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Incredible Tales of Scientific Wonder

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Incredible Tales staff

The staff of the Incredible Tales magazine

Incredible Tales of Scientific Wonder, or just Incredible Tales for short, was a science fiction magazine published in New York City in the United States of America in the 1950s as experienced by Captain Benjamin Sisko under influence of visions from the Prophets and Pah-wraiths. Its owner was Mr. Stone, and its main office was in the Arthur Trill Building in Harlem.

In the visions experienced by Sisko, the people of his life on Deep Space 9 were transposed to this setting, taking on the lives of people of the era. Sisko himself became Benny Russell, a black writer struggling with the racism of the time; Kay Eaton, aka "K.C. Hunter", also confronted prejudices of the time and was forced to hide her identity as a woman science fiction writer from the magazine's readers. Douglas Pabst was the magazine's editor and its other writers included Julius Eaton, Albert Macklin, Herbert Rossoff, and Hugh Campbell. Darlene Kursky worked there as a secretary. Russell's conflict with the magazine's position came to a head when, rather than publishing his story about a black captain of a space station, the owner of the magazine had the entire print run pulped before it went on sale.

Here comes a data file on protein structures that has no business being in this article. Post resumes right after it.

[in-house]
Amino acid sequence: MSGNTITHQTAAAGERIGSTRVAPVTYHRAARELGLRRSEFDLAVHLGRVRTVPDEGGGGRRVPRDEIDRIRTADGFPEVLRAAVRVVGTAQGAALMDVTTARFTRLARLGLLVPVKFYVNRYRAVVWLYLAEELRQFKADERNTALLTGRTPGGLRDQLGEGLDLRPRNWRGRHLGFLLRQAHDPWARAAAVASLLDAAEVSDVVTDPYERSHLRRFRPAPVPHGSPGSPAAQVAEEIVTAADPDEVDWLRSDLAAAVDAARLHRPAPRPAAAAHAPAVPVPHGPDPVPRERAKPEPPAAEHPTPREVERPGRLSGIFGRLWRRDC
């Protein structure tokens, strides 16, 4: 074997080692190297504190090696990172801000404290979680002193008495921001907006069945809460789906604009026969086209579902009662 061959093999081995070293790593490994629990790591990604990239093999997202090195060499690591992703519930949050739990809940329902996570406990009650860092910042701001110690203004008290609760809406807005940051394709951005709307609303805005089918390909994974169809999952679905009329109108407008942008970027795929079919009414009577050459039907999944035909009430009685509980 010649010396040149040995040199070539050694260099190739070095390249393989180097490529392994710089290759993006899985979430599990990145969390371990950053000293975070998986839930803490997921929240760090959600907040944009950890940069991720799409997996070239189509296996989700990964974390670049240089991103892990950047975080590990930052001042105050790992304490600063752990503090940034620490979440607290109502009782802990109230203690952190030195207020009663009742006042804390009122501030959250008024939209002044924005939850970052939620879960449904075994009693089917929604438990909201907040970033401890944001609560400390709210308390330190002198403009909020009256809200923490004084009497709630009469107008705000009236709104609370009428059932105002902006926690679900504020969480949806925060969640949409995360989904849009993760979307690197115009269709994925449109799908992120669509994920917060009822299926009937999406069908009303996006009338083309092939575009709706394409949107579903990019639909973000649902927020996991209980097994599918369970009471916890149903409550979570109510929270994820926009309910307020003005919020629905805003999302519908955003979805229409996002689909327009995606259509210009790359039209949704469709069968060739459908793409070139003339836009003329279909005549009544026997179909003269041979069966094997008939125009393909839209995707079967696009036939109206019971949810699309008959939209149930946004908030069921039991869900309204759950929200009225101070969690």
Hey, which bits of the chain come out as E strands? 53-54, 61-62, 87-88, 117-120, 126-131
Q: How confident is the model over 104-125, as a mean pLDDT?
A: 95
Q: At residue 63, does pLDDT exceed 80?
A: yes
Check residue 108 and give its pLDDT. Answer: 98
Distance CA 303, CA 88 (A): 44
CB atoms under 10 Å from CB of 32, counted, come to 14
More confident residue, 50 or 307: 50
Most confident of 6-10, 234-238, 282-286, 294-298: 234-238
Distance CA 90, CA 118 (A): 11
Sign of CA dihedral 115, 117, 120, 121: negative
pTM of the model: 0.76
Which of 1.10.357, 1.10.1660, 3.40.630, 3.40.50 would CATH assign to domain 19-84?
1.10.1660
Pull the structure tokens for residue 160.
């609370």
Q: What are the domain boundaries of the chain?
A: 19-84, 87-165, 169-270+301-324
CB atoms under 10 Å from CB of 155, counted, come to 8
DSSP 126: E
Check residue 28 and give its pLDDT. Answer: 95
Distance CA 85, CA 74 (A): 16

The typical working structure of the magazine had the house illustrator, Roy Ritterhouse, creating several drawings on a monthly basis. These illustrations were then handed out to the writers on an assignment basis. The writers in turn were expected to develop stories that would accompany the images for which they typically were paid on a per-word basis.

Other artists that provided illustrations for the magazine included John Eaves and Rick Sternbach.

The magazine's main competition of the time was Galaxy, which featured the works of notable authors such as Ray Bradbury, Isaac Asimov, and Robert Heinlein. (DS9: "Far Beyond the Stars")

The various magazine covers paid homage to science fiction, including Star Trek itself, by using titles similar to those of well-known science fiction or Star Trek stories. In particular, the March 1953 issue pays homage to TOS by using names of episodes from that series, credited to their original writers, as well as featuring the matte painting used in "Where No Man Has Gone Before".

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